“Funeral pomp is more for the vanity of the living than for the honor of the dead.”
— Francois de La Rochefoucauld
Being the father of a 15-year-old, married for 22 years, and a person who passionately hates to attend funerals because they are so morbid, my first reaction to seeing President Obama’s now infamous “selfie” moment at Nelson Mandela’s memorial was to just laugh.
The picture is a classic. Taken by AFP photographer Roberto Schmidt, it caught a jovial Obama during the memorial service posing for a selfie with the attractive Danish Prime Minister Helle Thorning-Schmidt and boyish British PM David Cameron.
Schmidt’s picture showed what some interpreted as a disapproving (and maybe jealous?) Michelle Obama in the background. It’s a look that may have foretold a night of retribution that only a married man can truly appreciate.
As a MasterCard commercial would term it: Priceless.
From a political perspective, those poor bastards in charge of damage control in the White House, who have been a bit preoccupied with website maintenance lately, must have suffered a momentary breakdown when the selfie suddenly became a hot subject too. I bet they even heard some griping from Michelle.
Seriously, was the memorial honoring one of the greatest leaders of our time the place to indulge in a fun moment? Probably not.
Oh well, maybe memorials should be more light-hearted, particularly of someone who has lived to their 80s-90s. Imagine a new trend where everyone took a selfie during funerals, even just to confirm they are still alive? At least funerals would be a little more bearable.
That Obama selfie was, in fact, nothing more than a moment of playful bonding among world leaders under tremendous pressure. It portrayed a needed sense of unity among allies that no formal portrait in the White House could capture. There was really nothing wrong with it.
Despite the outrage and mocking that took place, I think many Americans, particularly my age, enjoyed that picture. It momentarily allowed us not to think about the economy, the Obamacare problems, and other pressing issues that continue to deflate the Obama mystique in his second term.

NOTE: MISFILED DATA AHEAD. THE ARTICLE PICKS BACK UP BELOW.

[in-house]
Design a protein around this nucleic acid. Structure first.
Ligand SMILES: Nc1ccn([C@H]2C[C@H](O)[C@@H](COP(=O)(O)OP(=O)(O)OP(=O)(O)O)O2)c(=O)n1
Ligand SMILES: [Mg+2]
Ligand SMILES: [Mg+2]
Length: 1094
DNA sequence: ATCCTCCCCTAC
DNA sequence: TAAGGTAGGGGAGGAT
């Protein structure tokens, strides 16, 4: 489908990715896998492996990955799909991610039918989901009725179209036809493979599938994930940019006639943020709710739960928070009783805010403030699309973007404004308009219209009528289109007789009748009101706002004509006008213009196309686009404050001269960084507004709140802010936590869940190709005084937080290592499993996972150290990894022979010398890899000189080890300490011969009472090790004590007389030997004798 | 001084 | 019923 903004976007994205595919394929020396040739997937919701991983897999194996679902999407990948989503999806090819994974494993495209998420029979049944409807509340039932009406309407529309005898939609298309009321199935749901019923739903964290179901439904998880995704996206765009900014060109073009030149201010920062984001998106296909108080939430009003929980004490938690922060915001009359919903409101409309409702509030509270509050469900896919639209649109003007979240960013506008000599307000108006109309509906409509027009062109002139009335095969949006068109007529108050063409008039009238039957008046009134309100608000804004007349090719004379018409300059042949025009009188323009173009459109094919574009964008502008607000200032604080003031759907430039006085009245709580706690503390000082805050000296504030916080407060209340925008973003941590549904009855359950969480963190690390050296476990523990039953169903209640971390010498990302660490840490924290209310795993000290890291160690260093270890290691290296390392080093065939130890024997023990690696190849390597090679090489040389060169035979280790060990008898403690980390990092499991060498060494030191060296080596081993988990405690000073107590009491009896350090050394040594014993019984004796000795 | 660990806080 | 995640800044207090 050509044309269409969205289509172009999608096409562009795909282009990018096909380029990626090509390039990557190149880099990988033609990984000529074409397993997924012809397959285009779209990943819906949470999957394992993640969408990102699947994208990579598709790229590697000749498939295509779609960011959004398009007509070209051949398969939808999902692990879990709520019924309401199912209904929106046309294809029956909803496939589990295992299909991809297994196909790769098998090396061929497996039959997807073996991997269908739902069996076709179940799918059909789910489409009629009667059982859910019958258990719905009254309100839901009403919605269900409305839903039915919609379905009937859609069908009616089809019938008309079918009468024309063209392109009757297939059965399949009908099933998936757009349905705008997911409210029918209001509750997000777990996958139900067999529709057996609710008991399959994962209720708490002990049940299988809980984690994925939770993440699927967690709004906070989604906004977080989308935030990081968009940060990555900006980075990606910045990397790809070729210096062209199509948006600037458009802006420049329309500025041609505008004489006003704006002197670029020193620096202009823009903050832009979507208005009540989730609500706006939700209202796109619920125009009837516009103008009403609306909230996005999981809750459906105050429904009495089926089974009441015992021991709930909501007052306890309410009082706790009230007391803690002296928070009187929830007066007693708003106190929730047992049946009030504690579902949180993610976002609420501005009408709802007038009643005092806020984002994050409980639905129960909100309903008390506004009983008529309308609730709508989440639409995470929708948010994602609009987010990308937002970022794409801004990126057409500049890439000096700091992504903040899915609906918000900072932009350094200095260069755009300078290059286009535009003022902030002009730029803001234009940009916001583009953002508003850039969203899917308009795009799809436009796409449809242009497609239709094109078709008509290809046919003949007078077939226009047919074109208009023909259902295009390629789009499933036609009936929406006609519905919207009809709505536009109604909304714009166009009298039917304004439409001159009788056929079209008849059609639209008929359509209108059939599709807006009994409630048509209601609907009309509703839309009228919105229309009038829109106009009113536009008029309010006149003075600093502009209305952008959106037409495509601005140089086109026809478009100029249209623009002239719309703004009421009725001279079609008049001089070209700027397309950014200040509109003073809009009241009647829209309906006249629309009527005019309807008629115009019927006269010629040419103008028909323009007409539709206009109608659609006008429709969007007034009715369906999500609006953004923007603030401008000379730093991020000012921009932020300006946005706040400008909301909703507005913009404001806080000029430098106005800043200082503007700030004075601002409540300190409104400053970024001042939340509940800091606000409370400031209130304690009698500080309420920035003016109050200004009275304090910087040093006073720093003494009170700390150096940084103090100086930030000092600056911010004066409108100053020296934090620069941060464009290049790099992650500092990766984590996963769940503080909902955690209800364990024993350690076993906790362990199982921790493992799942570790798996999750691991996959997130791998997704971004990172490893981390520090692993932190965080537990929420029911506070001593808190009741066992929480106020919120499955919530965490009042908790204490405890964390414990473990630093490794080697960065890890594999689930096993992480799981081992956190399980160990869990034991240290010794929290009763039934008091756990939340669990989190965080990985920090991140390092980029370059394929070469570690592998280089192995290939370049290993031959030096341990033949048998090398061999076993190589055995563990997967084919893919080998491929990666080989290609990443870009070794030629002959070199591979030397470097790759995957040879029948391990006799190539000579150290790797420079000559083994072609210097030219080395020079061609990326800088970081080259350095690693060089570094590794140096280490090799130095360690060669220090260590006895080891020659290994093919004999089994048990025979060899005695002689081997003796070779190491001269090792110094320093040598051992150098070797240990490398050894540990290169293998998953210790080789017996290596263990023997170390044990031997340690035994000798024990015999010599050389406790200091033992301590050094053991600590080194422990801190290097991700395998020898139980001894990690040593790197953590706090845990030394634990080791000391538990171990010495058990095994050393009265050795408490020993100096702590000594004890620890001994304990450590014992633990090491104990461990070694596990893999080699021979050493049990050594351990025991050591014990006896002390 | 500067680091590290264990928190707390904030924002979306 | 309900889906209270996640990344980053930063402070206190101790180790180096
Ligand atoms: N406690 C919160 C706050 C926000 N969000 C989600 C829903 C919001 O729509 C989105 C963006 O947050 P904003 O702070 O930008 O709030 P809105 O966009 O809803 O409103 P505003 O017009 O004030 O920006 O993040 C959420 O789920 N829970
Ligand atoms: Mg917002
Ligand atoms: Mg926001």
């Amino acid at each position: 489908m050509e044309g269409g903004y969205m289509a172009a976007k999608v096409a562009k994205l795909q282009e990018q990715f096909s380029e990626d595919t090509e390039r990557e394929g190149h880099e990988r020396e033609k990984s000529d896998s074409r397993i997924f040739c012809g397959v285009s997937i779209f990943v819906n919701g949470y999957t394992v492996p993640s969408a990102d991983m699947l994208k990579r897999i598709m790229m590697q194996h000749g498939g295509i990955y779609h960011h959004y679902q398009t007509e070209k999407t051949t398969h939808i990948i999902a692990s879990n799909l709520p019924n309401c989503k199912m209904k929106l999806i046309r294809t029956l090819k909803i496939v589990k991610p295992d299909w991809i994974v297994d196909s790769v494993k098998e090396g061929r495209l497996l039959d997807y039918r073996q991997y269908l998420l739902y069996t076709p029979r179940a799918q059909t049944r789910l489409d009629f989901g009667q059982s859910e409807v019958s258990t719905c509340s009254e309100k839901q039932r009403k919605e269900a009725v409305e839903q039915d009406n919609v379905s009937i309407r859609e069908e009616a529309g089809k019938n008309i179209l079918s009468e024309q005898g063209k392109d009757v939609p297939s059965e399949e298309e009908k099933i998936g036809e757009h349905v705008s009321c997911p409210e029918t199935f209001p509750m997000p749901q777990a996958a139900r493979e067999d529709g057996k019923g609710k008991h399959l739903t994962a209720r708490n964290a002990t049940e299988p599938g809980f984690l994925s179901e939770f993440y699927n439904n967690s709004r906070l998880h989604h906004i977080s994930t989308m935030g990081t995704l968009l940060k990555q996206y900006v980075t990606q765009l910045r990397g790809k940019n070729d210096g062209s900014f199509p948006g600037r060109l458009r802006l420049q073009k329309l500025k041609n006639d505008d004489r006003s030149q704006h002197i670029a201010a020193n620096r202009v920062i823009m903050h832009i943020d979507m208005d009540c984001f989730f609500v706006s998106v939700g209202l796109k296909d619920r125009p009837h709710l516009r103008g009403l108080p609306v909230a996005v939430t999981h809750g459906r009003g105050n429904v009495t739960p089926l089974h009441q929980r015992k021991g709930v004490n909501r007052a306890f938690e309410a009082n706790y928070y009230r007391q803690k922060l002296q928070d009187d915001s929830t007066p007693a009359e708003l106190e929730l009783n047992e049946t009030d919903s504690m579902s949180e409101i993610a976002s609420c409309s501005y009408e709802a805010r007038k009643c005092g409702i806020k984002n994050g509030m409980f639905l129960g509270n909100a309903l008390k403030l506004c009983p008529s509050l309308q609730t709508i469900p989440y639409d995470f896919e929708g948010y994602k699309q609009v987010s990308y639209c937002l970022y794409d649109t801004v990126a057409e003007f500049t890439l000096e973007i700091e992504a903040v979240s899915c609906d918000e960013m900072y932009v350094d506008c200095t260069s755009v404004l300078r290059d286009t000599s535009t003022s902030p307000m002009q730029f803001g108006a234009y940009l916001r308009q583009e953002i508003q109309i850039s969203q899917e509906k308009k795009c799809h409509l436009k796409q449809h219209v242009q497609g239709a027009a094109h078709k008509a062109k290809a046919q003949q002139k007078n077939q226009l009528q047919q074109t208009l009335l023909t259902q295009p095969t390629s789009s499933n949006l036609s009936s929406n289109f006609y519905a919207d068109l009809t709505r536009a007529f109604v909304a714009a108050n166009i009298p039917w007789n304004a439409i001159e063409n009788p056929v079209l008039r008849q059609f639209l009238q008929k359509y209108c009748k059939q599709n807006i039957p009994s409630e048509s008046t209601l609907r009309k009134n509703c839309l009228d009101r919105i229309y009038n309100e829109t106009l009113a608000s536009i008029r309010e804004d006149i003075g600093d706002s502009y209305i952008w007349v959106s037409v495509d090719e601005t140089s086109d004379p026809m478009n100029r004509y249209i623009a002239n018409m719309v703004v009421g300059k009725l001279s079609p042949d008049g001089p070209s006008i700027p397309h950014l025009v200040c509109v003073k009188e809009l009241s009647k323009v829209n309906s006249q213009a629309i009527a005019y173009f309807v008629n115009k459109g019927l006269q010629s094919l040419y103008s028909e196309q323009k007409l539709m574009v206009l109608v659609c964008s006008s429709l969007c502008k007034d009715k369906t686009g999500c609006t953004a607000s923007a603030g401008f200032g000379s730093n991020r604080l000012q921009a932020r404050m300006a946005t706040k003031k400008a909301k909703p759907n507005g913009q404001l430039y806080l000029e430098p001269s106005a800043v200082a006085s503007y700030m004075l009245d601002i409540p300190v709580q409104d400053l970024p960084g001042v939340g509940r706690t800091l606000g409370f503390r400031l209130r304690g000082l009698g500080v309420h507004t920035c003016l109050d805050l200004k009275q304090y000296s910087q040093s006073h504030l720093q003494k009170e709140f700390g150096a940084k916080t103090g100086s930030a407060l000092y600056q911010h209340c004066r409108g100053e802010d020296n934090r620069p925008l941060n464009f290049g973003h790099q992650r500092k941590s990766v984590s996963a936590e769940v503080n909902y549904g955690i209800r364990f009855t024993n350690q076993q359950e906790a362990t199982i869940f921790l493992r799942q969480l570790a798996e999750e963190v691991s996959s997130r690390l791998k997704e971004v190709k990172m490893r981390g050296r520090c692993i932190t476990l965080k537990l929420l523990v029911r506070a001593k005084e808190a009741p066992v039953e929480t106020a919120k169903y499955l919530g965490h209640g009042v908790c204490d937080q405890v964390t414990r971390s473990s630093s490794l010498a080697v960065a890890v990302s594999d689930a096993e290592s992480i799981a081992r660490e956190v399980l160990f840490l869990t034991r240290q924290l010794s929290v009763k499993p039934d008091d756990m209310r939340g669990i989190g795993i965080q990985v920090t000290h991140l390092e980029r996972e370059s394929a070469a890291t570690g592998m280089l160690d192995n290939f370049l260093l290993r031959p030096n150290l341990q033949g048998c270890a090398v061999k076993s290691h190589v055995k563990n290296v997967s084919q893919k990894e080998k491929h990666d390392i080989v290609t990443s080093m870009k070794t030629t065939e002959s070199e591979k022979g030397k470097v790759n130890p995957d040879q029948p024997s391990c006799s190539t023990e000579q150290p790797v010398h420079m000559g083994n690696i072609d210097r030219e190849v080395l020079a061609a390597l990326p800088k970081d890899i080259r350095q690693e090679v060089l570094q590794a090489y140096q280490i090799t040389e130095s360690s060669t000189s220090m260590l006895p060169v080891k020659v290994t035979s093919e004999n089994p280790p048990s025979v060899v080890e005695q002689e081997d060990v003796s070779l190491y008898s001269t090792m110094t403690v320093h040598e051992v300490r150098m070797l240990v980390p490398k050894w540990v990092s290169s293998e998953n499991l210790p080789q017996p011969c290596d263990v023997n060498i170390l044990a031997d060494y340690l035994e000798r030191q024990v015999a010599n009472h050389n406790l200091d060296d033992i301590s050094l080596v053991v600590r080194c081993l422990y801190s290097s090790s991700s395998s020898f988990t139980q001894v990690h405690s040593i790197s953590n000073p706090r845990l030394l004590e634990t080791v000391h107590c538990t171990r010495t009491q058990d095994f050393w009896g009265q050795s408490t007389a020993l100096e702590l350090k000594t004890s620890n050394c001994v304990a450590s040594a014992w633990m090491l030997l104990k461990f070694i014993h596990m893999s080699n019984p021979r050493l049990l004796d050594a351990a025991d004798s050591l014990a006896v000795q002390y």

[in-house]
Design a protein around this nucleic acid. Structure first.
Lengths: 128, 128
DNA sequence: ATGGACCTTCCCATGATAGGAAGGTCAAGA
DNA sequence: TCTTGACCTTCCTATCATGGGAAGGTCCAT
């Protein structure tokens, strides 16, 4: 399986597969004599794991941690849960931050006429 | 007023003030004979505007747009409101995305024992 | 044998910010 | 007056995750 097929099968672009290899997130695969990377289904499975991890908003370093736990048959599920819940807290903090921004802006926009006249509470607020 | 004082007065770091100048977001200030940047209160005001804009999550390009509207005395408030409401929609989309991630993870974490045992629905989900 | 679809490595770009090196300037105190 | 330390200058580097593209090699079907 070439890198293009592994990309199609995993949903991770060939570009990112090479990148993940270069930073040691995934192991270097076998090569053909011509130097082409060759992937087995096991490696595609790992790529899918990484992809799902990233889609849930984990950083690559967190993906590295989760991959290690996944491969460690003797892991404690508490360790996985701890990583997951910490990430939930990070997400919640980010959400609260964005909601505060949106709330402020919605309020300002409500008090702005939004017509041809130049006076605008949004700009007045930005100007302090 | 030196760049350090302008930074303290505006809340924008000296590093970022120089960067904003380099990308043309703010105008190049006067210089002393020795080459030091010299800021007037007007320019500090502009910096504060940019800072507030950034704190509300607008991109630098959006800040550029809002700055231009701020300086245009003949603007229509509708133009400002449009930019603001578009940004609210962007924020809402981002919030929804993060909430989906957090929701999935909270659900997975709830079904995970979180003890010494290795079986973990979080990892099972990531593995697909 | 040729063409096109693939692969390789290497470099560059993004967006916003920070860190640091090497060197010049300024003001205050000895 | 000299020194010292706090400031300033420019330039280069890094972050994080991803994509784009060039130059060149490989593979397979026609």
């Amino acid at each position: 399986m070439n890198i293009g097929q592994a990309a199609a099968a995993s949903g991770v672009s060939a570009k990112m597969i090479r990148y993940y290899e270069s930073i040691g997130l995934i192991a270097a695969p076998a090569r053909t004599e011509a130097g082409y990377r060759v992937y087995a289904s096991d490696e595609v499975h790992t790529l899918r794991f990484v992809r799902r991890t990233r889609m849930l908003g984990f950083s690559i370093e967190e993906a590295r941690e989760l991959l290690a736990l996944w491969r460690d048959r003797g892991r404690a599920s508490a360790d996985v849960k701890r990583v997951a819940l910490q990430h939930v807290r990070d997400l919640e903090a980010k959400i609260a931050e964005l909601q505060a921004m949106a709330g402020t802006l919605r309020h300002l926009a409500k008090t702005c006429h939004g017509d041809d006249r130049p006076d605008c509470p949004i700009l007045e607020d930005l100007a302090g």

Instead, it allowed us to relate to the president in a fun manner, making him more one of us.
Still, this whole selfie business is quite confusing to someone of my generation.
First, we never had cameras that allowed us to instantaneously reverse themselves and just shoot over and over again.
It was difficult, if not impossible, to reach out even with our Instamatics and Polaroids and take a decent picture of one’s self. And the cost of the film and development was also a factor — a bad picture meant wasted money. If we wanted a selfie, we fixed the settings of the camera and handed it to someone nearby to take or took the time to set up a tripod.
I bet Obama, age 52, just liked the idea that it could be done so easily. I have to admit that I’ve tried it a few times, but unlike the photogenic Obama, the result was unappealing.
Then, there’s this bothersome narcissistic compulsion that has obsessed our children’s generation to continuously take pictures of them. I’ve spent a lot of time enduring the sight of my daughter Hannah spontaneously taking her iPhone and shooting selfies no matter where she may be or what she may be doing. It gets annoying, very annoying.
But like it or not, the president showed that selfies are now an important part of the lives of all generations of Americans.
I’m kind of hoping that during the upcoming State of the Union address, House Speaker John Boehner pulls out his phone and takes a similar “selfie” with the president and Vice President Joe Biden.
Now that would be truly priceless, and a sign of unity this country needs.